The CMA has been asked by the Secretary of State to undertake further work to look into specific instances of excessive pricing.

 

Full Coverage

Government and PSNC must reach a settlement on pharmacy contract, say MPs

30 June 2016, The Pharmaceutical Journal

 

The All Party Pharmacy Group (APPG) says the government and Pharmaceutical Services Negotiating Committee (PSNC) must reach a settlement on the community pharmacy contractual framework, warning that an imposed contract could hamper the development of the sector.

 

The APPG recommendation is part of a report on its inquiry into primary and community care, launched in October 2015, which set out to understand the role of community pharmacy within the NHS Five Year Forward View.

 

Sir Kevin Barron, chair of the APPG, says: “Our inquiry found that there is a gulf between government and community pharmacy on their plans for the sector. Both sides, ultimately, want better care for patients. That is best achieved by agreeing a common way forward, saving us from an acrimonious contract imposition.”

 

The report sets out recommendations for the future of community pharmacy, but the APPG cautions that without agreement from the government, as well as an unclear picture of future funding, pharmacies may be held back from making progress.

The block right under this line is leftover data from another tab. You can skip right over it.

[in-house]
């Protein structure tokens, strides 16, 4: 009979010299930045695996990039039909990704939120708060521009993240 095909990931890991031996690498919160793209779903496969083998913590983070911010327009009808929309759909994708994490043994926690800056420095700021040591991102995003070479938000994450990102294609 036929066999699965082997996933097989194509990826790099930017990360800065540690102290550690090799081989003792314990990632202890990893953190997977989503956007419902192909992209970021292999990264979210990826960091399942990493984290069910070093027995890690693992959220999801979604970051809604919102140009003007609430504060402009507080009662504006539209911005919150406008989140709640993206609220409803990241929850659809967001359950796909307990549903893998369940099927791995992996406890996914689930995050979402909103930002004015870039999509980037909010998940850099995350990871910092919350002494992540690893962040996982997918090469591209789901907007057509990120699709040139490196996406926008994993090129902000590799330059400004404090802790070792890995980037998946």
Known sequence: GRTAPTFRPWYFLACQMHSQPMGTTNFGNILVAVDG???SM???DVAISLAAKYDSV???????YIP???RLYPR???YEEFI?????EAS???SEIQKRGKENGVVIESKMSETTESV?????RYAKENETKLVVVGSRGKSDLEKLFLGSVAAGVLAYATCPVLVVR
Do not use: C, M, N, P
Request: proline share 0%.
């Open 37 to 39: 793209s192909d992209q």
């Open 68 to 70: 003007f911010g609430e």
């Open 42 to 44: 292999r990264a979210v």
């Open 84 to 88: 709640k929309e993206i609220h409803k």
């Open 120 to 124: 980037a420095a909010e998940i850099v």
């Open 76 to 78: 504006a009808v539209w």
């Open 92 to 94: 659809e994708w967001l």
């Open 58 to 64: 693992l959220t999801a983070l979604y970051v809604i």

“We know as long as uncertainty hangs over the sector, we’ll see less investment in patient care. Only if both sides strike a deal can we avoid the dangerous distraction of contract imposition,” Barron adds.

 

The report advocates a clinically focused community pharmacy service that can help relieve pressure on hospital emergency departments and GP practices. It includes several recommendations for how this can be achieved, including a focus on investment in technology, developing professionalism and integrating pharmacy into primary care.

 

It says that dispensing is still the core service of community pharmacy, but should be harnessed more frequently as an opportunity for other health interventions. The report says that progress to this end has been too slow and the funding model for community pharmacy needs to incentivise service delivery rather than dispensing. It says the proposals put forward by the Department of Health in December 2015 to introduce a single activity fee for each prescription does the opposite.